That can be difficult to carry out, it can be particularly difficult in the face of violent oppression by government forces, of police beatings and shootings.

Senator Ted Cruz, speaking to the South China Morning Post

We are gratified that prominent members of the U.S. government are standing with Hong Kong’s fight for human rights and freedom, and encouraging non-violent protests. We believe that much of the violence that we’ve seen in Hong Kong has been encouraged, if not out-right committed, by CCP agitators embedded in the protests and in the Hong Kong police force.

As Senator Cruz said during his interview:

There is a reason the Communist Party in China wants the Hong Kong protests to turn violent because the Chinese Communist Party very much wants to characterise these protests as violent acts of terrorism rather than democracy protesters standing up for human rights

Senator Ted Cruz, speaking to the South China Morning Post

Violence at the demonstrations plays into the CCP propaganda machine’s hands, and Beijing’s propagandists have made use of the violence that has occurred to try to paint the protesters as rioters destroying Hong Kong for no rational reason. Anyone paying attention knows that those accusations are false, but the CCP cares nothing for the truth. If a lie promotes their agenda, they will use it.

We again encourage Congress to pass the Hong Kong Human Rights and Democracy Act and the TAIPEI Act as soon as possible. The CCP’s assault on freedom and human rights must be halted.

Powerful Testimony By Hong Kong Pro-Democracy Activists Before U.S. Congress

Today, Hong Kong pro-democracy activists Denise Ho, Sunny Cheung, and Joshua Wong testified before the U.S. Congress on the Hong Kong protests. The South China Morning Post has an excerpt of their power testimony on YouTube:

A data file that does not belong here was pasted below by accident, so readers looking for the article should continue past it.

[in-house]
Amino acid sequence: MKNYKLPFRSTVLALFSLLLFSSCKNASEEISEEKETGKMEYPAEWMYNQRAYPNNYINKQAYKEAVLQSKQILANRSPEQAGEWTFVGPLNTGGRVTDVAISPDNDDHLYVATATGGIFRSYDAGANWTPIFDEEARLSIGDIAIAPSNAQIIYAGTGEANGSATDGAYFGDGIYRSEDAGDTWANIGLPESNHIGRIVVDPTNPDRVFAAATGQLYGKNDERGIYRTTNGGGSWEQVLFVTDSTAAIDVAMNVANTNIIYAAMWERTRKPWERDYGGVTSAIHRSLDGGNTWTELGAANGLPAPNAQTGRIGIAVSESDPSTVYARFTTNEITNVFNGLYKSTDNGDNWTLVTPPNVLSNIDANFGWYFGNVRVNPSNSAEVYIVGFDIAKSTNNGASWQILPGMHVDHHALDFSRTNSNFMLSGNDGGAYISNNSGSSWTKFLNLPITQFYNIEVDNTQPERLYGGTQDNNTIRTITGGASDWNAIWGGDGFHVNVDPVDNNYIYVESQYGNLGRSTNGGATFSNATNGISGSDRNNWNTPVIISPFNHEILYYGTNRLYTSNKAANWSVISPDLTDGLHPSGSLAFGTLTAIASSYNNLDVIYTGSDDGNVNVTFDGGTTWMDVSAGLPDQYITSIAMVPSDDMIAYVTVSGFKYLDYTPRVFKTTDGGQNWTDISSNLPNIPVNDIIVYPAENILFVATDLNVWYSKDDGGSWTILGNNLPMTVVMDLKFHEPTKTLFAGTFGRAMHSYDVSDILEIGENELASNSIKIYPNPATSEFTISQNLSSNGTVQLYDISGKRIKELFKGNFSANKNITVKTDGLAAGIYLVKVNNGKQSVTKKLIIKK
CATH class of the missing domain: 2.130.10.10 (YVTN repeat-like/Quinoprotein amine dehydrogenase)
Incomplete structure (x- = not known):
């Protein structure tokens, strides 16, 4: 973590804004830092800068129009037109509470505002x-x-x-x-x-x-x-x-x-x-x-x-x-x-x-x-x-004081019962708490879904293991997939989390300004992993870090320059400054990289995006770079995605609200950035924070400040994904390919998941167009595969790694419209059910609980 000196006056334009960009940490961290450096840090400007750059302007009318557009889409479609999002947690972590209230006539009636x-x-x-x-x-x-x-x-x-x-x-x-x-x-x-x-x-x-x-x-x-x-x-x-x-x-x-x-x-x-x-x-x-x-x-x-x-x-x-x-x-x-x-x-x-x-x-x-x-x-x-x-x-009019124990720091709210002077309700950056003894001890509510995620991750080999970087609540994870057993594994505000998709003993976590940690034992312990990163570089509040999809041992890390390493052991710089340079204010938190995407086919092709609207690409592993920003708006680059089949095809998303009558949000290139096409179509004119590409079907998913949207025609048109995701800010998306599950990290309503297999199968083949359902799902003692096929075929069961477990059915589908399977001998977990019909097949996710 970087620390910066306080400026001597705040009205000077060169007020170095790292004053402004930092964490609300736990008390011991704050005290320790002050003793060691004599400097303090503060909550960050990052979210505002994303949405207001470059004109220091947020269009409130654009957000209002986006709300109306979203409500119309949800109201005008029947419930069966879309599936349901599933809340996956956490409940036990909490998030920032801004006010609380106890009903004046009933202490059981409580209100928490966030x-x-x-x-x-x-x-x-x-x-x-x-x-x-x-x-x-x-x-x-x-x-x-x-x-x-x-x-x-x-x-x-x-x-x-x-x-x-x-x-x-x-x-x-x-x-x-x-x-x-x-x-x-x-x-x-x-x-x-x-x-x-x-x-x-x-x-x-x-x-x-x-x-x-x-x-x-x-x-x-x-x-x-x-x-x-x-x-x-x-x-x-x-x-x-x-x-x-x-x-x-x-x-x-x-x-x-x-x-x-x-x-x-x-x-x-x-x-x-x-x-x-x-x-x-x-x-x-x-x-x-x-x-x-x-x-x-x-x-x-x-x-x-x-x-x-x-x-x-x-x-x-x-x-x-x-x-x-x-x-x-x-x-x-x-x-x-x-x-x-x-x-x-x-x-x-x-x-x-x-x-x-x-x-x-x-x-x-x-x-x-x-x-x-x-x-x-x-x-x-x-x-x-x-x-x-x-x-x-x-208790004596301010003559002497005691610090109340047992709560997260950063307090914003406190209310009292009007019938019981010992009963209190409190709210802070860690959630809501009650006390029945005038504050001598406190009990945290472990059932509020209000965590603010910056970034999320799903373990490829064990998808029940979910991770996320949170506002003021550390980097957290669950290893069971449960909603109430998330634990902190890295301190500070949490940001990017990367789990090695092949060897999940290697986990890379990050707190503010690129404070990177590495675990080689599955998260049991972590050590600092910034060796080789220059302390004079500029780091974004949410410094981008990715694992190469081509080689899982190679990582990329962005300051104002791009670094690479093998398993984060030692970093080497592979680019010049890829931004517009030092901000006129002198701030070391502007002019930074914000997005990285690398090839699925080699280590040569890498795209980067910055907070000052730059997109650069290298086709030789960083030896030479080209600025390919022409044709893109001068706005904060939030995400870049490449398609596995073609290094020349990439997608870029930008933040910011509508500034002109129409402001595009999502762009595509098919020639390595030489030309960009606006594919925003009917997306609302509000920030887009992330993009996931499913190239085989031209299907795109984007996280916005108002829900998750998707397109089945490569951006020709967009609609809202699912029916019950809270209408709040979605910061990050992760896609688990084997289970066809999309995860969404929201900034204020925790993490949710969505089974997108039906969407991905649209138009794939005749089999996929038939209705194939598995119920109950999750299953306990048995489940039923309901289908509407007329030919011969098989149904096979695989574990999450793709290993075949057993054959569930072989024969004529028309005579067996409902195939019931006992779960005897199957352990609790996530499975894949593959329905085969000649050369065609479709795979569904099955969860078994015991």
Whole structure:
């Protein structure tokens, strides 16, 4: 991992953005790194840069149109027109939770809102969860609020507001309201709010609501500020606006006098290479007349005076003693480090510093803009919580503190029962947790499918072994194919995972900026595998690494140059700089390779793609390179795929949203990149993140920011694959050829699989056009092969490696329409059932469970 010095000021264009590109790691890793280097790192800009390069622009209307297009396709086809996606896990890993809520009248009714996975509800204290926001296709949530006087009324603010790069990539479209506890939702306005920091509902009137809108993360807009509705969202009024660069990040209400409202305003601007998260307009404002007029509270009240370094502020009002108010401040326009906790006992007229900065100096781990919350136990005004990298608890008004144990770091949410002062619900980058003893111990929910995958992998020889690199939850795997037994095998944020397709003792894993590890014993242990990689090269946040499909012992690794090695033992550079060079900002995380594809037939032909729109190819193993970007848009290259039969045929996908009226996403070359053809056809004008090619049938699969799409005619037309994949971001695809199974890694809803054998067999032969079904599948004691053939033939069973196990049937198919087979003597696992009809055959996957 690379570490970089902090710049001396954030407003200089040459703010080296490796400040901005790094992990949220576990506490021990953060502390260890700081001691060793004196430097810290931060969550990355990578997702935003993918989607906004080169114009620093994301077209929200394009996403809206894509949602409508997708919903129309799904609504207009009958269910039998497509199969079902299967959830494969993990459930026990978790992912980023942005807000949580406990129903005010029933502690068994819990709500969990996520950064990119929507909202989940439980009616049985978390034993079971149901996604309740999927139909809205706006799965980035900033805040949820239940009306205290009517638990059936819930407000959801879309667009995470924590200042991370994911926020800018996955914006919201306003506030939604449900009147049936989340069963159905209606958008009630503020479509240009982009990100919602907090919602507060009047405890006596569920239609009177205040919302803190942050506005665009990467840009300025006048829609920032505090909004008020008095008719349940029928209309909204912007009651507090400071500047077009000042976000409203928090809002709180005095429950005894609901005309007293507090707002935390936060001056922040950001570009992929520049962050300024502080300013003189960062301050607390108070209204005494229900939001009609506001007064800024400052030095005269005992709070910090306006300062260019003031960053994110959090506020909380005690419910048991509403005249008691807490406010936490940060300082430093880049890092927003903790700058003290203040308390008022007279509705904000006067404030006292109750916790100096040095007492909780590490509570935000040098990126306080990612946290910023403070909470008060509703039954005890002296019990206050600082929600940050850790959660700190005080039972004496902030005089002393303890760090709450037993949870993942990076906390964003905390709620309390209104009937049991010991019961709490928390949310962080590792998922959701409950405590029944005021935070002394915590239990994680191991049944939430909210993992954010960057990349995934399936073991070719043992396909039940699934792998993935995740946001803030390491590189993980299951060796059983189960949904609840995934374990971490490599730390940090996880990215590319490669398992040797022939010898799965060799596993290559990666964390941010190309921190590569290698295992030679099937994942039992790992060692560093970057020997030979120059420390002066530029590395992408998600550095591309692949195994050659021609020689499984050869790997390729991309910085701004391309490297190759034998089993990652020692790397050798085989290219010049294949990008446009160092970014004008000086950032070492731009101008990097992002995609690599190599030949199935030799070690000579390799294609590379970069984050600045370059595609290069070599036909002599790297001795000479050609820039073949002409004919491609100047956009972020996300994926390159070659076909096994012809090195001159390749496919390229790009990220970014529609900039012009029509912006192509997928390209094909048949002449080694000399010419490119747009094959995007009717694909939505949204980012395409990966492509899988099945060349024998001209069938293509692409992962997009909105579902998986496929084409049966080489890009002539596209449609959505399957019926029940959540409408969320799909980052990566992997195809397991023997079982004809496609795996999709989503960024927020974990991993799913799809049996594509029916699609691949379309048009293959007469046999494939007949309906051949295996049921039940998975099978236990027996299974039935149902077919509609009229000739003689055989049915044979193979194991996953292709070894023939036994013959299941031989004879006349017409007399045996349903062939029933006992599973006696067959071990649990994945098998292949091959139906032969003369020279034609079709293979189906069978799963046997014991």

The entire hearing (nearly 3 hours long) is here: https://www.youtube.com/watch?v=zQJZTi-XRls

We understand that the Trump administration wants a trade deal with China. President Trump is a businessman, and it is likely that he identifies with U.S. business leaders that want a deal. The U.S./China trade war is affecting the world’s economy, though it hasn’t so far impacted the U.S. economy much. On the other hand, it seems to have affected China’s economy, which was already facing a slowdown for other reasons, including the swine fever epidemic, which has increased pork prices in China. Beijing does not want the trade war to continue, so no doubt is willing to negotiate an end to the tariffs.

But some things are more important than profits – and the plight of the Hong Kong people is one of them. Beijing has broken the treaty that was negotiated with the U.K. establishing Hong Kong’s Basic Law guaranteeing the rights of the Hong Kong people. The Hong Kong police are increasing violent and are cooperating with triad gang enforcers to oppress the pro-democracy movement. The Hong Kong government led by Carrie Lam is incompetent and ignores and denies the movement’s demands and concerns.

The pro-democracy movement in Hong Kong in China can only succeed if it has the backing of powerful allies (just as France backed the Americans in our revolutionary war). The very least that the U.S. can do is pass the Hong Kong Human Rights and Democracy Act. President Trump should not let the Chinese hold the Act hostage to passage of a trade deal.